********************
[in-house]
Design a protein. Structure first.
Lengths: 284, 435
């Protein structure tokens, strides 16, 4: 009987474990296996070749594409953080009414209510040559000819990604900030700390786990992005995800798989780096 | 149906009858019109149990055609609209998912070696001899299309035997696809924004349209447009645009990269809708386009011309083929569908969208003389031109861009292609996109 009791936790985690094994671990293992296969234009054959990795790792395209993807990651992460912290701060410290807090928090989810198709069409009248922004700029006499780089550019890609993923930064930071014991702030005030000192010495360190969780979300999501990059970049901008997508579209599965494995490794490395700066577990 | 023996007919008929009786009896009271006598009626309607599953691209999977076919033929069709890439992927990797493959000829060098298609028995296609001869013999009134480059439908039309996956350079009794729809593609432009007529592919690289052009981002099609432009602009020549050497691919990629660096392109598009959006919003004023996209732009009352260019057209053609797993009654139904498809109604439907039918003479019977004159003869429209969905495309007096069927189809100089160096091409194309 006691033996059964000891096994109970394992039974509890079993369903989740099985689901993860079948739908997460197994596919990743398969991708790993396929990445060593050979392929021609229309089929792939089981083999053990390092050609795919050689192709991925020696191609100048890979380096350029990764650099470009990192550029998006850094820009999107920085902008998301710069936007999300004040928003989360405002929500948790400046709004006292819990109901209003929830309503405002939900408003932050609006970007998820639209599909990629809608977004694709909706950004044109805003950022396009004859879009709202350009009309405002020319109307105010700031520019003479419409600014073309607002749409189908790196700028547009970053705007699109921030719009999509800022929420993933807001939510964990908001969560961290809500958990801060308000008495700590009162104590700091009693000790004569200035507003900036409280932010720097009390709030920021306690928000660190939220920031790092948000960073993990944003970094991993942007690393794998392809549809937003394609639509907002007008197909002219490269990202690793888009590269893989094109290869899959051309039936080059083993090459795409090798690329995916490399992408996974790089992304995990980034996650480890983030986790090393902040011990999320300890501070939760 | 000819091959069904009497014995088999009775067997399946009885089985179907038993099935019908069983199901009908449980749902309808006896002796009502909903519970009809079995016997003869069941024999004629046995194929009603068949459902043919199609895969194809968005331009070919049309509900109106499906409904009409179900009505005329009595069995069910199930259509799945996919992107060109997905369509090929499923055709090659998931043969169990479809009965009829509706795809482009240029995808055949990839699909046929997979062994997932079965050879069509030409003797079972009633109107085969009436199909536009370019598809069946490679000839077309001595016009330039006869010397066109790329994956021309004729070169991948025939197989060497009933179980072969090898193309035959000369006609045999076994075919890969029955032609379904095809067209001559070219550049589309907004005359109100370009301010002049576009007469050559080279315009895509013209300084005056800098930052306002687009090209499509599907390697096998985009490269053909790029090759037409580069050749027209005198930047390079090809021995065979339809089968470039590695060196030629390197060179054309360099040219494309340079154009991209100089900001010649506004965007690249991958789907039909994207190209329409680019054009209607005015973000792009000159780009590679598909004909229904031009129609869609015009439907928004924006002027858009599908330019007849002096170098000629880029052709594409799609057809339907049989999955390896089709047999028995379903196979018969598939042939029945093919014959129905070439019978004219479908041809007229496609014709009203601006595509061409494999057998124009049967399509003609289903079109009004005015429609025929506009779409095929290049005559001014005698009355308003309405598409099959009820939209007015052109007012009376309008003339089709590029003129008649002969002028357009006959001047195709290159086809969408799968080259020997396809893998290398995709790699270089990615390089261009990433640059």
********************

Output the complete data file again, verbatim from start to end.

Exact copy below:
[in-house]
Design a protein. Structure first.
Lengths: 284, 435
């Protein structure tokens, strides 16, 4: 009987474990296996070749594409953080009414209510040559000819990604900030700390786990992005995800798989780096 | 149906009858019109149990055609609209998912070696001899299309035997696809924004349209447009645009990269809708386009011309083929569908969208003389031109861009292609996109 009791936790985690094994671990293992296969234009054959990795790792395209993807990651992460912290701060410290807090928090989810198709069409009248922004700029006499780089550019890609993923930064930071014991702030005030000192010495360190969780979300999501990059970049901008997508579209599965494995490794490395700066577990 | 023996007919008929009786009896009271006598009626309607599953691209999977076919033929069709890439992927990797493959000829060098298609028995296609001869013999009134480059439908039309996956350079009794729809593609432009007529592919690289052009981002099609432009602009020549050497691919990629660096392109598009959006919003004023996209732009009352260019057209053609797993009654139904498809109604439907039918003479019977004159003869429209969905495309007096069927189809100089160096091409194309 006691033996059964000891096994109970394992039974509890079993369903989740099985689901993860079948739908997460197994596919990743398969991708790993396929990445060593050979392929021609229309089929792939089981083999053990390092050609795919050689192709991925020696191609100048890979380096350029990764650099470009990192550029998006850094820009999107920085902008998301710069936007999300004040928003989360405002929500948790400046709004006292819990109901209003929830309503405002939900408003932050609006970007998820639209599909990629809608977004694709909706950004044109805003950022396009004859879009709202350009009309405002020319109307105010700031520019003479419409600014073309607002749409189908790196700028547009970053705007699109921030719009999509800022929420993933807001939510964990908001969560961290809500958990801060308000008495700590009162104590700091009693000790004569200035507003900036409280932010720097009390709030920021306690928000660190939220920031790092948000960073993990944003970094991993942007690393794998392809549809937003394609639509907002007008197909002219490269990202690793888009590269893989094109290869899959051309039936080059083993090459795409090798690329995916490399992408996974790089992304995990980034996650480890983030986790090393902040011990999320300890501070939760 | 000819091959069904009497014995088999009775067997399946009885089985179907038993099935019908069983199901009908449980749902309808006896002796009502909903519970009809079995016997003869069941024999004629046995194929009603068949459902043919199609895969194809968005331009070919049309509900109106499906409904009409179900009505005329009595069995069910199930259509799945996919992107060109997905369509090929499923055709090659998931043969169990479809009965009829509706795809482009240029995808055949990839699909046929997979062994997932079965050879069509030409003797079972009633109107085969009436199909536009370019598809069946490679000839077309001595016009330039006869010397066109790329994956021309004729070169991948025939197989060497009933179980072969090898193309035959000369006609045999076994075919890969029955032609379904095809067209001559070219550049589309907004005359109100370009301010002049576009007469050559080279315009895509013209300084005056800098930052306002687009090209499509599907390697096998985009490269053909790029090759037409580069050749027209005198930047390079090809021995065979339809089968470039590695060196030629390197060179054309360099040219494309340079154009991209100089900001010649506004965007690249991958789907039909994207190209329409680019054009209607005015973000792009000159780009590679598909004909229904031009129609869609015009439907928004924006002027858009599908330019007849002096170098000629880029052709594409799609057809339907049989999955390896089709047999028995379903196979018969598939042939029945093919014959129905070439019978004219479908041809007229496609014709009203601006595509061409494999057998124009049967399509003609289903079109009004005015429609025929506009779409095929290049005559001014005698009355308003309405598409099959009820939209007015052109007012009376309008003339089709590029003129008649002969002028357009006959001047195709290159086809969408799968080259020997396809893998290398995709790699270089990615390089261009990433640059």